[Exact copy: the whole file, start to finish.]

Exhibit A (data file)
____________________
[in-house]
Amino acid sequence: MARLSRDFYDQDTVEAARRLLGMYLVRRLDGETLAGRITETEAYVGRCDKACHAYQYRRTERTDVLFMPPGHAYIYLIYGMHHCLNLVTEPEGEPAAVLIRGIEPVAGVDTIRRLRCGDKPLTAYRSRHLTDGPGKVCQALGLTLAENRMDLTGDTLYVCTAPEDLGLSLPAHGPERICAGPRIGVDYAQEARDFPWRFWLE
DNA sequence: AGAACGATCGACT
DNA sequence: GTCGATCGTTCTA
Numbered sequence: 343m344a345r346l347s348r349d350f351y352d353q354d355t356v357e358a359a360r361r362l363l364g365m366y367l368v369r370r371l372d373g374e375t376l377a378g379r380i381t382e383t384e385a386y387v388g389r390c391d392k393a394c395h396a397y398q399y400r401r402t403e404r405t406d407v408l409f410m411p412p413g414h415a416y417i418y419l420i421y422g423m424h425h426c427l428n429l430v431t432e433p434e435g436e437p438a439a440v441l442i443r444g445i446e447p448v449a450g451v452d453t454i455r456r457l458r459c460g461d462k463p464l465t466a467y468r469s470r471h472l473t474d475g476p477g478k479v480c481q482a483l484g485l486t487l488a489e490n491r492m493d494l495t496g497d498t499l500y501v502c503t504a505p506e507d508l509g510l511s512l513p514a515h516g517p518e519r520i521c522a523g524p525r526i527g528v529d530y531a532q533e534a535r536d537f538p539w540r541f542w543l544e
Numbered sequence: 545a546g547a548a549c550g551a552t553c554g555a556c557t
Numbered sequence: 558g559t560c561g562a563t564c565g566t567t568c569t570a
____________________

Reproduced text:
[in-house]
Amino acid sequence: MARLSRDFYDQDTVEAARRLLGMYLVRRLDGETLAGRITETEAYVGRCDKACHAYQYRRTERTDVLFMPPGHAYIYLIYGMHHCLNLVTEPEGEPAAVLIRGIEPVAGVDTIRRLRCGDKPLTAYRSRHLTDGPGKVCQALGLTLAENRMDLTGDTLYVCTAPEDLGLSLPAHGPERICAGPRIGVDYAQEARDFPWRFWLE
DNA sequence: AGAACGATCGACT
DNA sequence: GTCGATCGTTCTA
Numbered sequence: 343m344a345r346l347s348r349d350f351y352d353q354d355t356v357e358a359a360r361r362l363l364g365m366y367l368v369r370r371l372d373g374e375t376l377a378g379r380i381t382e383t384e385a386y387v388g389r390c391d392k393a394c395h396a397y398q399y400r401r402t403e404r405t406d407v408l409f410m411p412p413g414h415a416y417i418y419l420i421y422g423m424h425h426c427l428n429l430v431t432e433p434e435g436e437p438a439a440v441l442i443r444g445i446e447p448v449a450g451v452d453t454i455r456r457l458r459c460g461d462k463p464l465t466a467y468r469s470r471h472l473t474d475g476p477g478k479v480c481q482a483l484g485l486t487l488a489e490n491r492m493d494l495t496g497d498t499l500y501v502c503t504a505p506e507d508l509g510l511s512l513p514a515h516g517p518e519r520i521c522a523g524p525r526i527g528v529d530y531a532q533e534a535r536d537f538p539w540r541f542w543l544e
Numbered sequence: 545a546g547a548a549c550g551a552t553c554g555a556c557t
Numbered sequence: 558g559t560c561g562a563t564c565g566t567t568c569t570a